As soon as I found out about the documentary and watched the trailer, I knew I had to see the entire thing. Since I was crying just after seeing those two minutes and twenty-three seconds of the trailer, I also knew it was going to be painful. And it was.
     The documentary tells the heartbreakingly tragic story of Tilikum, a male orca who was captured when he was just a two-year-old cub near Reykjav√≠k, Iceland in 1983, when he and his family were chased down by poachers. Using a net, they separated babies from adults, thinking that the adult whales would simply swim away which never happened: the entire time poachers were 'loading' the whale cubs and getting them ready for transport, the entire family stuck together, screaming and wailing — all in vain. "It's like kidnapping a little kid away from their mother with everybody watching. It's the worst thing I can think of, I can't think of anything worse than that," says one of the poachers in the documentary. Since then, Tilikum has spent over three decades in captivity subjected to the worst living conditions imaginable which lead to his psychosis and aggression — from 1991 to 2010 he killed three trainers.
     Unfortunately, his story isn't an isolated case: currently there are 61 orcas living in captivity, everywhere from parks in the United States, Canada and Argentina to France, Russia and Japan and their stories are just as devastating. Kshamenk, a male orca kept in an aquarium in Argentina, for example, was 'force stranded' on an Argentinian beach in 1992 which means that the poachers placed a large net between the whales and the shore and waited for the tide to go out so the whales were left stranded on the beach. One whale was released, one died on the way to the aquarium, one beat himself to death on the walls of his enclosure, and one, Kshamenk, survived — just to spend 24 years in a tuna can. Sickening.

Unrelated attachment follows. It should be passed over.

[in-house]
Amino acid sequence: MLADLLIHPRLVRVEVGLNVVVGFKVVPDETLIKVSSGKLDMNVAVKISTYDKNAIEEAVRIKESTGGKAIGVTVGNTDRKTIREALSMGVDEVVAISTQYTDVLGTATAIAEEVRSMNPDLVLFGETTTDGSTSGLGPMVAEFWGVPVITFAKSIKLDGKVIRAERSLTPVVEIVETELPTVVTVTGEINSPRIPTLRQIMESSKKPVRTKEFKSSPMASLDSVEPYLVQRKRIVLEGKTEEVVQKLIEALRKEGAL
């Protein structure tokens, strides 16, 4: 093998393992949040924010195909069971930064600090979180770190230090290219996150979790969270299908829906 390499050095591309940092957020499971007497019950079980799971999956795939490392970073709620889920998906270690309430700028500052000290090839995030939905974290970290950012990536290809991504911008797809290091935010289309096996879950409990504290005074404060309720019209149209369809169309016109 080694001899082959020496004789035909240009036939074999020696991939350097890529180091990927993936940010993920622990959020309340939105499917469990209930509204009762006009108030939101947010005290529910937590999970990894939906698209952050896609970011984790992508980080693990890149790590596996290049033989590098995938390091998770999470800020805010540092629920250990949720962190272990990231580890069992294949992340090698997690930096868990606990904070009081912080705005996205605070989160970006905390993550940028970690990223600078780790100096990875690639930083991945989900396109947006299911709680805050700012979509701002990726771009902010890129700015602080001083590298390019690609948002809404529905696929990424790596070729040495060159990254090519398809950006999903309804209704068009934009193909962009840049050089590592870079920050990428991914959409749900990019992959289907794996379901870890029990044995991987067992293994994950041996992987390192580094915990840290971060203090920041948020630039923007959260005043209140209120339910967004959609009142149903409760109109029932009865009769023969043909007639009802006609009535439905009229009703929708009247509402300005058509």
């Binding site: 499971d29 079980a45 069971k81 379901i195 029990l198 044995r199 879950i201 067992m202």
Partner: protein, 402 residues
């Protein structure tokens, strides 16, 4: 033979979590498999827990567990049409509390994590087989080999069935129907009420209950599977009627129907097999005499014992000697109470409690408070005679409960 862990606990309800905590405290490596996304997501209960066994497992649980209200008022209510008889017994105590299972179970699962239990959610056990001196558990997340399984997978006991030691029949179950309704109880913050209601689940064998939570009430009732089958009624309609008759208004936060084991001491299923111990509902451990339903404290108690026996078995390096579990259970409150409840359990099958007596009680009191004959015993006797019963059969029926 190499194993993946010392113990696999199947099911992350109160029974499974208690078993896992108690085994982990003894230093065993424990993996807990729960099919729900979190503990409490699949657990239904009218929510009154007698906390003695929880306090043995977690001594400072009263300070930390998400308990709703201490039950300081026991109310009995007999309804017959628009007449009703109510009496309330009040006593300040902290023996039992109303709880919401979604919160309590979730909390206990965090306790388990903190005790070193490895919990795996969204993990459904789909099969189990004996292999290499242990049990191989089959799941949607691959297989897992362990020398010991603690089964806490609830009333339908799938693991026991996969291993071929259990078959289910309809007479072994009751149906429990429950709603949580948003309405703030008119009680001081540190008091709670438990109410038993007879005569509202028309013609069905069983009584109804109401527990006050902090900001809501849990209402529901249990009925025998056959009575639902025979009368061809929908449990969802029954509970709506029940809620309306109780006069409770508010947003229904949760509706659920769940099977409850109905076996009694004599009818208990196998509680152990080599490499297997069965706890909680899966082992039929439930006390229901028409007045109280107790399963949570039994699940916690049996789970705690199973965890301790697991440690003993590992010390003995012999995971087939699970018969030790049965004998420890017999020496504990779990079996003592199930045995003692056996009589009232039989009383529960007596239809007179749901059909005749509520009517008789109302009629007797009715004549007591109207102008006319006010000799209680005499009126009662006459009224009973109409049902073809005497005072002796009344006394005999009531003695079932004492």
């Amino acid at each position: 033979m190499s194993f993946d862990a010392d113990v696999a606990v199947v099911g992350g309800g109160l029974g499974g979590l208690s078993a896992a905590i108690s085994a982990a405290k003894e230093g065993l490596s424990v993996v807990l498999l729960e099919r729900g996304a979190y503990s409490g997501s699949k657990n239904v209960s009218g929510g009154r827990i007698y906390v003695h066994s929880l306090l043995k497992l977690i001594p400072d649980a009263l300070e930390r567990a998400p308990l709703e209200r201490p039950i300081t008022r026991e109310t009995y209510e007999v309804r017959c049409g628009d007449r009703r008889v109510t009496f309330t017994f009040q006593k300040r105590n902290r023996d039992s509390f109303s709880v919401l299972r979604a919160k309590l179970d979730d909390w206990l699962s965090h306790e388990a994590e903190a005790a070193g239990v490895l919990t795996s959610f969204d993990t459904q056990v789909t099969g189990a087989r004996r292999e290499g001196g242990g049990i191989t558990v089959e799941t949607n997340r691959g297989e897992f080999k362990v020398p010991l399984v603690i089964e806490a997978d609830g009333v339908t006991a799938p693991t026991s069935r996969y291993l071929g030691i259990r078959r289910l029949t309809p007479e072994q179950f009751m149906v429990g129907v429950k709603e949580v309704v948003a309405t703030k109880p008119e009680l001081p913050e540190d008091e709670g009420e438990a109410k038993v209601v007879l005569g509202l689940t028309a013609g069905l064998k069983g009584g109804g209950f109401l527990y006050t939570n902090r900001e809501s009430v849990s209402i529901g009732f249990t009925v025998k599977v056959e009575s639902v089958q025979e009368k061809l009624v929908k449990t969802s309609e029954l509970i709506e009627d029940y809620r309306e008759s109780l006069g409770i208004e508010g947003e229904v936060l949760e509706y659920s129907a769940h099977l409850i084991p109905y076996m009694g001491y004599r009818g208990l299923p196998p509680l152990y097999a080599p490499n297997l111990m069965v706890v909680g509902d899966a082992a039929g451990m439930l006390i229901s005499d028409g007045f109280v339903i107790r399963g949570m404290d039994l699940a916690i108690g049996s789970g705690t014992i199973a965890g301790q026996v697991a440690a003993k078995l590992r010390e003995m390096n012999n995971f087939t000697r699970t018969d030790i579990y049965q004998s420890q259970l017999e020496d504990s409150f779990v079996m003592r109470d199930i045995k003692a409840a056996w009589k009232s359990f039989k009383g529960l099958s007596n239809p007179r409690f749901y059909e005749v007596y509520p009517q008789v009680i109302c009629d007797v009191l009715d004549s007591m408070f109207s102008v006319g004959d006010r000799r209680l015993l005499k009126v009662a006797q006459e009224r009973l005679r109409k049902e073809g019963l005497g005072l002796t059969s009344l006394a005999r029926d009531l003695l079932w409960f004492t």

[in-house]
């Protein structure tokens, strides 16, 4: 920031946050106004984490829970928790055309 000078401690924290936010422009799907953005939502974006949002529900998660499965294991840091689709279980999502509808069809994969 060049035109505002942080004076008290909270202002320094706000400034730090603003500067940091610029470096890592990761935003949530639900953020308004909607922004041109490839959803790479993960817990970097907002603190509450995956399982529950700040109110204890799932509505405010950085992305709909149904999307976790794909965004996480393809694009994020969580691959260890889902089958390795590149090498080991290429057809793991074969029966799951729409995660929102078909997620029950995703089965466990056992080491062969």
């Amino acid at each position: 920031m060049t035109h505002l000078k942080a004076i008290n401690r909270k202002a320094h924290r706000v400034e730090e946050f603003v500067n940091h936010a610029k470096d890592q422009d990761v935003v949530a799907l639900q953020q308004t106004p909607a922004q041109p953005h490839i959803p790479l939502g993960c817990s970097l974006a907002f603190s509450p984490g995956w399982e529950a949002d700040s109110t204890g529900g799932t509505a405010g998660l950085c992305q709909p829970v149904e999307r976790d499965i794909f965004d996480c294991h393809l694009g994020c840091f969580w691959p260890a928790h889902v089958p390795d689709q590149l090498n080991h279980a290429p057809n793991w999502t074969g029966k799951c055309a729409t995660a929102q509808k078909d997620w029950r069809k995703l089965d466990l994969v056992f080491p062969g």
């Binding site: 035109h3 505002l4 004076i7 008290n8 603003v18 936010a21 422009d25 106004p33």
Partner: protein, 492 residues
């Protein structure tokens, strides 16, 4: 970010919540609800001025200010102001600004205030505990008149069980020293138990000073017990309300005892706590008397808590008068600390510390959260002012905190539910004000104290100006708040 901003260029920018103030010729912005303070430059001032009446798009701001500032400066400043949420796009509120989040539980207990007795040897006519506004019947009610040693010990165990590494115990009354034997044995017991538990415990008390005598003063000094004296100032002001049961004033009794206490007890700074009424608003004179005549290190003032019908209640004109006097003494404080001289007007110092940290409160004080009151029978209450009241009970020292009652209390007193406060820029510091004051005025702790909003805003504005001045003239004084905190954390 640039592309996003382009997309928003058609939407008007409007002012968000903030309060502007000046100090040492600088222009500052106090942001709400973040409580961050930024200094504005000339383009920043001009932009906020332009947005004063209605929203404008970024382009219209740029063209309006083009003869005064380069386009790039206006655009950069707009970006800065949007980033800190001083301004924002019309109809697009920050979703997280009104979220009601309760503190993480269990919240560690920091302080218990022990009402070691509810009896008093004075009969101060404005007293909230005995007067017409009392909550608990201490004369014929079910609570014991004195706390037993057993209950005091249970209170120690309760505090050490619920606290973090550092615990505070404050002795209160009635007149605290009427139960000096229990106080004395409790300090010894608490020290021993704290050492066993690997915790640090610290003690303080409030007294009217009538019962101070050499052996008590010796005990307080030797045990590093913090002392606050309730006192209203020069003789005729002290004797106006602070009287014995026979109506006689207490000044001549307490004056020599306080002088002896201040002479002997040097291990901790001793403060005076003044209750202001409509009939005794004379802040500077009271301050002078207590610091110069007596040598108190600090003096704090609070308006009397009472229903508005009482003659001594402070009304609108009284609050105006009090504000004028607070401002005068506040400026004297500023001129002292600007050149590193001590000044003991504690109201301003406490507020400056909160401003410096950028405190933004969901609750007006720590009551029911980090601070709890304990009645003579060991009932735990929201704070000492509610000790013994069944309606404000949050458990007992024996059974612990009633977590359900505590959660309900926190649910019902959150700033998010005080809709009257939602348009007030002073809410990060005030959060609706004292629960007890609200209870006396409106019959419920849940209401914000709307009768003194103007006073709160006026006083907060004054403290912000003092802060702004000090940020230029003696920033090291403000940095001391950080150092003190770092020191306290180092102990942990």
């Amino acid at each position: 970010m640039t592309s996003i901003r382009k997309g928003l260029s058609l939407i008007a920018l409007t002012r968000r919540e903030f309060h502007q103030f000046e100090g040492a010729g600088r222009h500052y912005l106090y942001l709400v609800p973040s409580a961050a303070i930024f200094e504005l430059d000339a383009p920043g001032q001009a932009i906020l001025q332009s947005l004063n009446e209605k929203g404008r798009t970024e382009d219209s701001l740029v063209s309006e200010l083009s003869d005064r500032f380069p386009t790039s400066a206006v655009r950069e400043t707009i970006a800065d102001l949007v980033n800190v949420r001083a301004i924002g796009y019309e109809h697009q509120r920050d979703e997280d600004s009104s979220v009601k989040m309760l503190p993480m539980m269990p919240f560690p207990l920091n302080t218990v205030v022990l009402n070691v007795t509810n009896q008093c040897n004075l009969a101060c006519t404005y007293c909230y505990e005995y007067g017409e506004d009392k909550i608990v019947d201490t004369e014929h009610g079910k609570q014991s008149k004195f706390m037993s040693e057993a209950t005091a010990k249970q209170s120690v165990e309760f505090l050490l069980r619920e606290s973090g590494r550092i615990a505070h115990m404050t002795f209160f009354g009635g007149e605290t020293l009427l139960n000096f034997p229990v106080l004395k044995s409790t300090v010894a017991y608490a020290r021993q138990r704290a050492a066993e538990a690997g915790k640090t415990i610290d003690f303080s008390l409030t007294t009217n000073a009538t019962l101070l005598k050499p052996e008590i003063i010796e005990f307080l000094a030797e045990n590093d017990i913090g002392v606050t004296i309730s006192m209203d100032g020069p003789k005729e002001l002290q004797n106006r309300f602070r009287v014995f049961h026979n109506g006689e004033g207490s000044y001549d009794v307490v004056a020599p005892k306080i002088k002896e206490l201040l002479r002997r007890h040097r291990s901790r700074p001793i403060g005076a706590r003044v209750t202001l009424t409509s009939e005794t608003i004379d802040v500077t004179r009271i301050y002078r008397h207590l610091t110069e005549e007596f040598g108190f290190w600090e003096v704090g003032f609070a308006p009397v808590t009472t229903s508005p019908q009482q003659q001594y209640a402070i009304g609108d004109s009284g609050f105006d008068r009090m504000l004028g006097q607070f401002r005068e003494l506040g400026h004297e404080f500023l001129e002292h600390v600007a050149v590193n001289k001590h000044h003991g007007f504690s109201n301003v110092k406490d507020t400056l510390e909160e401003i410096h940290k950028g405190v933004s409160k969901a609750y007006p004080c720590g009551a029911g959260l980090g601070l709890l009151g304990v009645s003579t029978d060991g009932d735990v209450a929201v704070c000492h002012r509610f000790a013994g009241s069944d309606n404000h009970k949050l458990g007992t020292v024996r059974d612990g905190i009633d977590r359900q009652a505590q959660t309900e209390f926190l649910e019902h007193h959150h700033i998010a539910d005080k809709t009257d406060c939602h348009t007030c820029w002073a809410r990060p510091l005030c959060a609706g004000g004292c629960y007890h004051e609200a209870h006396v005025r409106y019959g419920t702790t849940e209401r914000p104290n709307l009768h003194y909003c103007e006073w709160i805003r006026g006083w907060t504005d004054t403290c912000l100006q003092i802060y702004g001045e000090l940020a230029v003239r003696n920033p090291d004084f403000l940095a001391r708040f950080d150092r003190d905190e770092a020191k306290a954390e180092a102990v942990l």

But various aquariums and fun parks aren't acquiring new orcas just by poaching, they breed them as well, mostly with the help of artificial insemination. Because captive animals don't live in suitable conditions (just for comparison, out in the open ocean, killer whales get to live up to 50 (males) or 80 (females) years of age, whereas in captivity they die when they reach about half that age), pregnant females often suffer miscarriages or the cubs are still-born, resulting in some 30 unnecessary deaths so far. Of course, those calves that do survive, aren't better off: baby orcas are frequently separated from their mothers and moved (sold) to other facilities all across the globe, the separation permanently traumatizing both mothers and babies. And for what? So they can jump and splash before audiences for dead, thawed fish for which I and many many more just like me paid to watch. Sickening.
     After Blackfish was released in 2013, a lot less people have paid, however, and SeaWorld's net income dropped to $5.8 million from $37.8 million in 2014. Because the numbers kept plummeting, SeaWorld's administration finally realized they had to make a change and in March 2016 announced that they'd immediately stop their breeding program, hinting that the era of captive display of orcas will one day come to an end — not because it's morally wrong, not because it's dangerous for their employees, but because it's bad business. Sickening.
     It's interesting, though, that watching and reading about and being a part of the machine which enslaves another species — our kin! — to exploit as modern day gladiators is making my stomach turn infinitely more than drinking that cup of diluted watercolors ever could. Man, oh, man, I wish I never went to SeaWorld.